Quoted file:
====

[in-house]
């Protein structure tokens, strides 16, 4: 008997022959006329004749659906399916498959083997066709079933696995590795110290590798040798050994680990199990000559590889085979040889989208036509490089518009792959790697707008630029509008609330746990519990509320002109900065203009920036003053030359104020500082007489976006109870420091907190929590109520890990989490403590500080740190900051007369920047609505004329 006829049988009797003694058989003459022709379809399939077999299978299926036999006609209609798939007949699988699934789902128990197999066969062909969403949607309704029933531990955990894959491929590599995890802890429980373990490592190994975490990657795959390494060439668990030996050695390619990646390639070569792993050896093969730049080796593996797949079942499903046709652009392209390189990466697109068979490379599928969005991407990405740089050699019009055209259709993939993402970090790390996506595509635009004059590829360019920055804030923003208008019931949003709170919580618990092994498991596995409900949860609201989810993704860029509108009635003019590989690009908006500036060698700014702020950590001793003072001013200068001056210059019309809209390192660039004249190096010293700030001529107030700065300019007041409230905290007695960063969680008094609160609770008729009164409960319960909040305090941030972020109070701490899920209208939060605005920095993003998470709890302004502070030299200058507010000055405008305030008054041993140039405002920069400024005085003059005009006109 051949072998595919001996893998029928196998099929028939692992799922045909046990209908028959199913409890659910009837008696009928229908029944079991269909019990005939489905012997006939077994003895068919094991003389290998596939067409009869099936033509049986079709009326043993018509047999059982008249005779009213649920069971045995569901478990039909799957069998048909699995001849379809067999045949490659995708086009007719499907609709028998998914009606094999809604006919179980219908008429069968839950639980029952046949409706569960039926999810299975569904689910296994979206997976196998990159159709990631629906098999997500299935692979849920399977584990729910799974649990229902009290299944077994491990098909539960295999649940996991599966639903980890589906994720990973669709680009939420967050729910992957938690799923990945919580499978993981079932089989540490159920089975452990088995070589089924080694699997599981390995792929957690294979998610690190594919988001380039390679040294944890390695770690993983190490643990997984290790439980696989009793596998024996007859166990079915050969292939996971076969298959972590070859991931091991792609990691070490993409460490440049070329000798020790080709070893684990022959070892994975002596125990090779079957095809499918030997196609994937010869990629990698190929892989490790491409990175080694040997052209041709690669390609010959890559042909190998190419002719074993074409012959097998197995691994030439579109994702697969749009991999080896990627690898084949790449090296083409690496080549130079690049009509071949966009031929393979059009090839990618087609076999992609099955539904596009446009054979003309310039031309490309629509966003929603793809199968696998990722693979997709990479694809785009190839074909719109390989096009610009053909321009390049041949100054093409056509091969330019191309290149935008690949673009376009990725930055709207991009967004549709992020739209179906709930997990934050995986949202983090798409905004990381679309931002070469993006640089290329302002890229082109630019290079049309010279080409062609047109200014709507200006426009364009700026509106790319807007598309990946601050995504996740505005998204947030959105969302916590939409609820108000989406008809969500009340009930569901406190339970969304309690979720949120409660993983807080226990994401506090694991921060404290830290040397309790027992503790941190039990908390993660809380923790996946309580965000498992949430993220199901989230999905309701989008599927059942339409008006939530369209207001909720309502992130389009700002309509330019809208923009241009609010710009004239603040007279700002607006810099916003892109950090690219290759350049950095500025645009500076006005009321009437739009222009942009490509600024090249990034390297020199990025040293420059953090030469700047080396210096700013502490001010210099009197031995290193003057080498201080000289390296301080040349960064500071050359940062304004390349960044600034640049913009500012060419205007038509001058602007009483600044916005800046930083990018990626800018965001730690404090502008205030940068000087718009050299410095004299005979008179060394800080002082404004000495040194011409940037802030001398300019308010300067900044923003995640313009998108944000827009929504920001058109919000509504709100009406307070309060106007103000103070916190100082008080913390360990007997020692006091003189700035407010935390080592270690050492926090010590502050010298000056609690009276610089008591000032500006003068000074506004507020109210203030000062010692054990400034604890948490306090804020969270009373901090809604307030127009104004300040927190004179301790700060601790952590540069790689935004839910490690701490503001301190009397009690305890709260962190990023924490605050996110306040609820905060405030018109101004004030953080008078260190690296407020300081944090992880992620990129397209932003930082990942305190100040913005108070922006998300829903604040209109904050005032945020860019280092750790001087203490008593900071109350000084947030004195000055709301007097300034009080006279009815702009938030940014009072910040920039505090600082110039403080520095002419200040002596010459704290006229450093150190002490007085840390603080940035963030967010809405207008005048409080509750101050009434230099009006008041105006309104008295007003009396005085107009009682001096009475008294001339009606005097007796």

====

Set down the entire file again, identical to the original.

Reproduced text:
[in-house]
């Protein structure tokens, strides 16, 4: 008997022959006329004749659906399916498959083997066709079933696995590795110290590798040798050994680990199990000559590889085979040889989208036509490089518009792959790697707008630029509008609330746990519990509320002109900065203009920036003053030359104020500082007489976006109870420091907190929590109520890990989490403590500080740190900051007369920047609505004329 006829049988009797003694058989003459022709379809399939077999299978299926036999006609209609798939007949699988699934789902128990197999066969062909969403949607309704029933531990955990894959491929590599995890802890429980373990490592190994975490990657795959390494060439668990030996050695390619990646390639070569792993050896093969730049080796593996797949079942499903046709652009392209390189990466697109068979490379599928969005991407990405740089050699019009055209259709993939993402970090790390996506595509635009004059590829360019920055804030923003208008019931949003709170919580618990092994498991596995409900949860609201989810993704860029509108009635003019590989690009908006500036060698700014702020950590001793003072001013200068001056210059019309809209390192660039004249190096010293700030001529107030700065300019007041409230905290007695960063969680008094609160609770008729009164409960319960909040305090941030972020109070701490899920209208939060605005920095993003998470709890302004502070030299200058507010000055405008305030008054041993140039405002920069400024005085003059005009006109 051949072998595919001996893998029928196998099929028939692992799922045909046990209908028959199913409890659910009837008696009928229908029944079991269909019990005939489905012997006939077994003895068919094991003389290998596939067409009869099936033509049986079709009326043993018509047999059982008249005779009213649920069971045995569901478990039909799957069998048909699995001849379809067999045949490659995708086009007719499907609709028998998914009606094999809604006919179980219908008429069968839950639980029952046949409706569960039926999810299975569904689910296994979206997976196998990159159709990631629906098999997500299935692979849920399977584990729910799974649990229902009290299944077994491990098909539960295999649940996991599966639903980890589906994720990973669709680009939420967050729910992957938690799923990945919580499978993981079932089989540490159920089975452990088995070589089924080694699997599981390995792929957690294979998610690190594919988001380039390679040294944890390695770690993983190490643990997984290790439980696989009793596998024996007859166990079915050969292939996971076969298959972590070859991931091991792609990691070490993409460490440049070329000798020790080709070893684990022959070892994975002596125990090779079957095809499918030997196609994937010869990629990698190929892989490790491409990175080694040997052209041709690669390609010959890559042909190998190419002719074993074409012959097998197995691994030439579109994702697969749009991999080896990627690898084949790449090296083409690496080549130079690049009509071949966009031929393979059009090839990618087609076999992609099955539904596009446009054979003309310039031309490309629509966003929603793809199968696998990722693979997709990479694809785009190839074909719109390989096009610009053909321009390049041949100054093409056509091969330019191309290149935008690949673009376009990725930055709207991009967004549709992020739209179906709930997990934050995986949202983090798409905004990381679309931002070469993006640089290329302002890229082109630019290079049309010279080409062609047109200014709507200006426009364009700026509106790319807007598309990946601050995504996740505005998204947030959105969302916590939409609820108000989406008809969500009340009930569901406190339970969304309690979720949120409660993983807080226990994401506090694991921060404290830290040397309790027992503790941190039990908390993660809380923790996946309580965000498992949430993220199901989230999905309701989008599927059942339409008006939530369209207001909720309502992130389009700002309509330019809208923009241009609010710009004239603040007279700002607006810099916003892109950090690219290759350049950095500025645009500076006005009321009437739009222009942009490509600024090249990034390297020199990025040293420059953090030469700047080396210096700013502490001010210099009197031995290193003057080498201080000289390296301080040349960064500071050359940062304004390349960044600034640049913009500012060419205007038509001058602007009483600044916005800046930083990018990626800018965001730690404090502008205030940068000087718009050299410095004299005979008179060394800080002082404004000495040194011409940037802030001398300019308010300067900044923003995640313009998108944000827009929504920001058109919000509504709100009406307070309060106007103000103070916190100082008080913390360990007997020692006091003189700035407010935390080592270690050492926090010590502050010298000056609690009276610089008591000032500006003068000074506004507020109210203030000062010692054990400034604890948490306090804020969270009373901090809604307030127009104004300040927190004179301790700060601790952590540069790689935004839910490690701490503001301190009397009690305890709260962190990023924490605050996110306040609820905060405030018109101004004030953080008078260190690296407020300081944090992880992620990129397209932003930082990942305190100040913005108070922006998300829903604040209109904050005032945020860019280092750790001087203490008593900071109350000084947030004195000055709301007097300034009080006279009815702009938030940014009072910040920039505090600082110039403080520095002419200040002596010459704290006229450093150190002490007085840390603080940035963030967010809405207008005048409080509750101050009434230099009006008041105006309104008295007003009396005085107009009682001096009475008294001339009606005097007796």